The chancellor is under pressure to reveal where his multimillion-pound personal fortune is invested after suggestions that some of his wealth, which is managed by a so-called blind trust, could be held in offshore tax havens.
Opposition MPs and transparency campaigners on Monday called on Rishi Sunak to be “completely transparent” about where his wealth – earned over a long career at the US investment bank Goldman Sachs and hedge funds – is invested in order to avoid potential conflicts of interest with his role running the UK economy.
Sir Ed Davey, the Liberal Democrat leader, said: “The truth with this trust is that the only people that are blind to it are the public. The chancellor only set up the trust 18 months ago but the public has no idea where the money is or whether there is a conflict of interest. With public trust in this government plummeting, greater transparency in all their dealings is essential and the chancellor must show a lead.”
Sunak registered a blind trust in July 2019 after he had been appointed chief secretary to the Treasury under the previous chancellor, Sajid Javid. Under a standard blind trust arrangement individuals can still receive income from their investments but cannot make decisions about how the money is invested.
The campaigners and MPs are concerned that Sunak will know where his money was invested before he placed it in the blind trust, and that raises concerns that his decisions as chancellor could be influenced by his personal stakeholdings.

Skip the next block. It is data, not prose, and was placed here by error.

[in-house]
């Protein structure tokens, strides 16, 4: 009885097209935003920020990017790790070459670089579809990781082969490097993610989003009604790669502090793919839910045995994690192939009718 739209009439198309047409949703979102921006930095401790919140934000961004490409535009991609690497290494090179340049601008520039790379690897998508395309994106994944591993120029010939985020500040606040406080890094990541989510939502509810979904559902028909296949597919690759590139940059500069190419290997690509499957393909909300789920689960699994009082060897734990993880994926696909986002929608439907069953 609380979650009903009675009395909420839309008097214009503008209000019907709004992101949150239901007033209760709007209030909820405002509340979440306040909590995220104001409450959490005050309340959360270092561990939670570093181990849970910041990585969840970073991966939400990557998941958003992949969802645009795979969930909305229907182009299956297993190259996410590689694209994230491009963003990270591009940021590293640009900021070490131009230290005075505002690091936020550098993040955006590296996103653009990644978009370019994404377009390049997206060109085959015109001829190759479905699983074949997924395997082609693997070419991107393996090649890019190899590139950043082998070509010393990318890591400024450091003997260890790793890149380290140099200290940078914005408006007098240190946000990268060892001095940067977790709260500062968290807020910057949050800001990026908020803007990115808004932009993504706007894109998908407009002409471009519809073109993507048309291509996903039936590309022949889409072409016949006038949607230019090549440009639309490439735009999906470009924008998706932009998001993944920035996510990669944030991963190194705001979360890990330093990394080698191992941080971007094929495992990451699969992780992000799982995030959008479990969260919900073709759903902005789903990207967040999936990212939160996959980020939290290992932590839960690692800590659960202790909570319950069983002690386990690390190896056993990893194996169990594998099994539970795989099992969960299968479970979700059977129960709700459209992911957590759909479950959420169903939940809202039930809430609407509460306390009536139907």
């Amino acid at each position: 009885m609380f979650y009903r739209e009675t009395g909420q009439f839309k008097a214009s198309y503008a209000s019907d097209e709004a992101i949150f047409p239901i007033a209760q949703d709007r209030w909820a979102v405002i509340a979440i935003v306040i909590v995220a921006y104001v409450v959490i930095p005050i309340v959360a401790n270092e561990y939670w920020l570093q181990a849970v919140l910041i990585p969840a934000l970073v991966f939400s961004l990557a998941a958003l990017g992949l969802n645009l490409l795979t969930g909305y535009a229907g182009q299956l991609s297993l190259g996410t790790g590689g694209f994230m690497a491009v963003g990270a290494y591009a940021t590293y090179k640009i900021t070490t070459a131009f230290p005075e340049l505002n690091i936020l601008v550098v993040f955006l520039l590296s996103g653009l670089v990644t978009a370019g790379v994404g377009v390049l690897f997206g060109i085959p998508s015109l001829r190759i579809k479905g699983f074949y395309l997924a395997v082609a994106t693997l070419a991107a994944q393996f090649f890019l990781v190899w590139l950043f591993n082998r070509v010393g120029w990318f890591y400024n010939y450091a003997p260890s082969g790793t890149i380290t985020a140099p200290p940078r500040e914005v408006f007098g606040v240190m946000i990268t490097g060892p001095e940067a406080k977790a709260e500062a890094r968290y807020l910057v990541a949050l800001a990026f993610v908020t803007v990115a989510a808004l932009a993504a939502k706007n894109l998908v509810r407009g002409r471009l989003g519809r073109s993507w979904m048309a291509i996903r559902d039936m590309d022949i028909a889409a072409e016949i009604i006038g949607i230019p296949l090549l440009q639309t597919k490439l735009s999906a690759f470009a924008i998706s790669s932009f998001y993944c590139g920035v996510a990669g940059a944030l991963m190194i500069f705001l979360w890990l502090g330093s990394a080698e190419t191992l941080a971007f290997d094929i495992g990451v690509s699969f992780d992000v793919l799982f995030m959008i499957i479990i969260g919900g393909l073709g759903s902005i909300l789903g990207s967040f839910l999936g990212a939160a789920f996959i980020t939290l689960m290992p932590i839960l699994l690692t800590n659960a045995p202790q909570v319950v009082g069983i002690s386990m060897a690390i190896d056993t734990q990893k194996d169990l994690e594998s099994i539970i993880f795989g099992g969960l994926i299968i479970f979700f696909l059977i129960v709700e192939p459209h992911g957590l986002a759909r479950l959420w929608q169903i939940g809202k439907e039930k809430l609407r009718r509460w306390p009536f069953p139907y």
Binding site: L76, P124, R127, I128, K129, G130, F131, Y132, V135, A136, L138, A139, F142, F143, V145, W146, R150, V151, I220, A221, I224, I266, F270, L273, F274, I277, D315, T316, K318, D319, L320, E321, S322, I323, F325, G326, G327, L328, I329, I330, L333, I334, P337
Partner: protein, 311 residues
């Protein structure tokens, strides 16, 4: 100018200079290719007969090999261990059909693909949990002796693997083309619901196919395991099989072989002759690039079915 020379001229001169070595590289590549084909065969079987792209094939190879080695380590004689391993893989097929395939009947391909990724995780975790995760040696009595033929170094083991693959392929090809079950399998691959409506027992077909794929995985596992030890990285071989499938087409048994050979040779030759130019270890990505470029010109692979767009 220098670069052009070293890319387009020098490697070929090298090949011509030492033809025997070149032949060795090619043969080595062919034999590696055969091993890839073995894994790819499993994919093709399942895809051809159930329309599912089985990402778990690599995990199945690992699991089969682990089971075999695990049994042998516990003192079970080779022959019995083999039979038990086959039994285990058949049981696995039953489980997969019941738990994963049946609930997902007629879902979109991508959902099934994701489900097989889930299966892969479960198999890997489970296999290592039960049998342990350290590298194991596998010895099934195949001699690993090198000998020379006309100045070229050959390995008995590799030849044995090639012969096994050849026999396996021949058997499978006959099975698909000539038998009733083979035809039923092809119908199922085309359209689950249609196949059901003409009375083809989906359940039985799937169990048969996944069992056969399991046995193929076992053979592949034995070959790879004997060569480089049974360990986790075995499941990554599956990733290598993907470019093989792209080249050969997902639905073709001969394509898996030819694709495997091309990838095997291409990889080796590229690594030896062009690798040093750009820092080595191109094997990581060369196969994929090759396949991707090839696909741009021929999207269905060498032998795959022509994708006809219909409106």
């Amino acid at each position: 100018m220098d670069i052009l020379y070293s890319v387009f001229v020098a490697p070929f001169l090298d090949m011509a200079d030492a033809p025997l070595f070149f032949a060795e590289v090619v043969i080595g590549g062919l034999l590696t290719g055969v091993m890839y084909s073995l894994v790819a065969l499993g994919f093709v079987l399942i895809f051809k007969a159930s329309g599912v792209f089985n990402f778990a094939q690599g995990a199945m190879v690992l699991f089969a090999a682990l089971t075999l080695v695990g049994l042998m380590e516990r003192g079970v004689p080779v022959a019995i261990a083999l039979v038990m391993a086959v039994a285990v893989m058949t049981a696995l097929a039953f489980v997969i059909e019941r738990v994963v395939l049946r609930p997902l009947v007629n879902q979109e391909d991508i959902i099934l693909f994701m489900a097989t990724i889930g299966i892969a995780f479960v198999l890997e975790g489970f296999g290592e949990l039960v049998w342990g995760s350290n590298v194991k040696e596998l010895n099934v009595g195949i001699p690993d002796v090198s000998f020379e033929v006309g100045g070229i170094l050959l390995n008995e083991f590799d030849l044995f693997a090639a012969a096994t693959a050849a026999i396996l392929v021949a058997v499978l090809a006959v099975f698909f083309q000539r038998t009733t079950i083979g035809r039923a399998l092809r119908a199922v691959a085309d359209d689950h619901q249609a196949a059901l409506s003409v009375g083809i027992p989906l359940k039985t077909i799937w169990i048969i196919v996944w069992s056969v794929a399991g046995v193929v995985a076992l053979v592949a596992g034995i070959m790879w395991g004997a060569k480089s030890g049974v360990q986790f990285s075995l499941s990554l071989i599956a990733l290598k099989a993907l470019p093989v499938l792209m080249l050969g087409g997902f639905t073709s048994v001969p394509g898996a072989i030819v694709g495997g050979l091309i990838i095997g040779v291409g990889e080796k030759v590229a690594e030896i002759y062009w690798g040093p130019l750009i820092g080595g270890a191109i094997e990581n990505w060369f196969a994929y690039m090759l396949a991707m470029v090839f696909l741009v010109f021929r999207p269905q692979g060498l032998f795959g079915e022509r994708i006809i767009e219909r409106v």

The financial transparency campaigners have also called on the chancellor to be categorical on the question of whether any of his wealth is sheltered in offshore tax havens.
Abena Oppong-Asare, the shadow exchequer secretary to the Treasury, said: “Rishi Sunak needs to be completely transparent with the public about whether any of the funds he invested in a blind trust are held in offshore tax havens. Taxpayers paying their fair share expect nothing less.”
Sunak is the only chancellor to have used a blind trust since details of ministers’ interests began to be published in 2009. Seven serving ministers hold a blind trust, compared with 13 in 2015.
Richard Murphy, a visiting professor of accounting at Sheffield University management school and a self-described “tax justice campaigner”, said: “The problem with this arrangement is that the blindness is for the public. We literally know nothing.”
Daniel Beizsley of the financial transparency campaign group Spotlight on Corruption said: “The issue as I see it with Sunak is that unless the trustee was given specific instructions to diversify the portfolio, then Sunak is fully aware of its contents. It’s difficult to see how this could absolve him of conflict of interest claims. Additionally, by placing assets into the blind trust arrangement, the public’s ability to judge potential conflicts is reduced as his ministerial declaration is now empty.”
Sunak’s spokesperson refused to comment, but a Treasury source said: “Blind trusts/blind management arrangements are longstanding mechanisms for protecting ministers in the handling of their interests. They ensure ministers are not involved in any decisions on the management, acquisition or disposal of items in the arrangement.
“Politicians of all stripes have used blind trusts/blind management arrangements to ensure they avoid any conflict of interest, including the last Labour government.”